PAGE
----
Amelia has read up on this, and saw a response to this type of behavior. When needing to check Ability Scores, your KT will do the roll, but you need to make sure to tell your KT the modifier of whatever Ability is being used. Your KT will not reveal what was rolled. By withholding that information, you are unable to make any inferences based on what you rolled; you simply know what you would know.   This house rule can be easily applied to any situation, and it could be particularly helpful to newer people who may not even realize they are metagaming.  

Any skill can be rolled with any attribute as long as you can give a logical reason behind doing so. Such as using Strength for Intimidate instead of Charisma or Constitution for Athletics instead of Strength. A critical success on Skill Checks does not always mean success at a given task but may offer some additional information or benefit.

PVP

In a lot of ttRPGS, player verses player (PVP) battles are common. In the DMC universe, PVP is allowed, but it can also resort in your character getting killed. This doesn't even have be any PVP for your character to cause damage to another player's character. So, be mindful of your attacks and spellcasting when trying to take down an enemy. You wouldn't want to hurt an ally, would you?  

Magick, Spells, & Spellcasting

In short, this is a high magick world, with close feel to "Dragon Age" and "The Mortal Instruments", wherein the use of magick is almost always associated with good and evil.   Due primarily to the political pressure of the Itude Empire and the Moonlight Expanse, trafficking with otherworldly places and beings is forbidden in the western organizations without a strict permit. It is believed that all magick is fueled by these things, or by elements, sun, moon, runic, blood sacrifice, and the like, which are also outlawed in various portions of the organizations. In monumental hypocrisy, however, the Itude Empire sanctions the use of sun magick when it's a divine miracle of Noella, the Sun - or otherwise sponsored by the Church of Darkness (granted via a Holy Writ).   Black markets and secret organizations exist to support the underground use and study of forbidden types of magick, but in many cases it would be wise to keep the presence or use of magick concealed. Violating these laws will likely draw the attention of one of the many churches with the two organizations.   Some characters may be granted a Holy Writ as a part of their class, and some characters may obtain them later. For details, see the class information documented in the character creation documentation.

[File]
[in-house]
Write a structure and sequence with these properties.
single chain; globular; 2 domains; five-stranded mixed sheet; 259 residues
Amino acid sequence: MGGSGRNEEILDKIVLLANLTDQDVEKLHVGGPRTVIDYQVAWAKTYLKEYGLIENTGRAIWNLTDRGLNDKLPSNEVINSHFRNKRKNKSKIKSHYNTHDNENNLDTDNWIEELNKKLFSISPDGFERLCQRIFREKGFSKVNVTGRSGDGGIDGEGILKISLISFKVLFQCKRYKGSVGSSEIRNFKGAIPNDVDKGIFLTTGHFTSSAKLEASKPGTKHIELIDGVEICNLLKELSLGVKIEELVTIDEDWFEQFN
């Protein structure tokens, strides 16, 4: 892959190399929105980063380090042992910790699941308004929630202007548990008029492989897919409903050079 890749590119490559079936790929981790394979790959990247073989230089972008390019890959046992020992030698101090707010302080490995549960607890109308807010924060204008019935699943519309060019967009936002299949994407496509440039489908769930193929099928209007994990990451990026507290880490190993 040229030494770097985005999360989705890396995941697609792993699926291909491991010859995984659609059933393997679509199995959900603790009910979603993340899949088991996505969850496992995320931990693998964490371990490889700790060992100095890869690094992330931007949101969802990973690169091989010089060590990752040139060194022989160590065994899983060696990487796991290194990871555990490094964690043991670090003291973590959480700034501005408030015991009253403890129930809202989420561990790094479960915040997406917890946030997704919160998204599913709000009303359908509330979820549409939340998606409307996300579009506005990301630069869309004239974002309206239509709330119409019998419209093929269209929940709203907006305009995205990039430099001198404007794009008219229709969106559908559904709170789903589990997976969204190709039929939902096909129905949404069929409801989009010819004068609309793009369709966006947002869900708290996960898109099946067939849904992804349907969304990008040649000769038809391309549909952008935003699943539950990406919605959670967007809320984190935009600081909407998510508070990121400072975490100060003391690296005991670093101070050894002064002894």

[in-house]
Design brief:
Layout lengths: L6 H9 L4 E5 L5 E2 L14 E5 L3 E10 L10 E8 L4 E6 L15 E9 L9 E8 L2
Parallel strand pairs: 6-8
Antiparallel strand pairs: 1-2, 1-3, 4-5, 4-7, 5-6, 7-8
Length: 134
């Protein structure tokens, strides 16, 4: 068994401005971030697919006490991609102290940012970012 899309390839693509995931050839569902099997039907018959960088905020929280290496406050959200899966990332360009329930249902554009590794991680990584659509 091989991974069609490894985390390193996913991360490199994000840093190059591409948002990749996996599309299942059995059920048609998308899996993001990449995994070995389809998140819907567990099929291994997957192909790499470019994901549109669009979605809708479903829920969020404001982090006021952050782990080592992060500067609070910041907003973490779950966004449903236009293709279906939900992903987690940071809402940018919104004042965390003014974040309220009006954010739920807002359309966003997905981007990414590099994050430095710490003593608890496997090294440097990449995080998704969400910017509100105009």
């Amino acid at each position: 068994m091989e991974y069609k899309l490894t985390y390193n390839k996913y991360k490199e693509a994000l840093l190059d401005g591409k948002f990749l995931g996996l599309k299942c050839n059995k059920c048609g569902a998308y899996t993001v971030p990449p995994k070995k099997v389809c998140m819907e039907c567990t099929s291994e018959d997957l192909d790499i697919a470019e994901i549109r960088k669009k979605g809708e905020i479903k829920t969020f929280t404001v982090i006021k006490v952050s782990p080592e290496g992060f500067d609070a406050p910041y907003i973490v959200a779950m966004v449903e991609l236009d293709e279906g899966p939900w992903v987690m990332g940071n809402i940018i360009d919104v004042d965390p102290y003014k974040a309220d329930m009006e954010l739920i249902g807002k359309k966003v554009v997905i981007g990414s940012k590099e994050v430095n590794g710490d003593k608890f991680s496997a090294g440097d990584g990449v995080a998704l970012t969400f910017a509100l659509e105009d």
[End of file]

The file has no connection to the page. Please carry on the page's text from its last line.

Monsters & Threats

There will be a number of differences to the creatures you are used to seeing in a D&D setting, perhaps most importantly, some creatures are deadly well beyond their normal D&D counterparts. This could be compared to the Witcher style bestiary, wherein many creatures have strengths and weaknesses to be discovered and exploited. Players are encouraged to explore and research their adversaries, and some creatures may be well-nigh unbeatable otherwise.  

Difficulty Class Explained

So you’re probably asking, “how do I know what the DC is?”. That’s a good question, well done! Generally speaking, you won’t ever know the true value of the DC. Typically, you should only ever know if you succeed or fail on the roll.   I would say there are two kinds of DC’s in the game, one is set by the KT depending on how hard they think the current action/situation is. The other is based on a character’s specific attribute scores, this one is what would be used when a character/creature is casting a spell on another.   For the KT determined DC’s it would have a numerical range from 1-30+.  
DC Level
1-5 Very Easy
6-10 Easy
11-15 Medium
16-20 Hard
21-25 Very Hard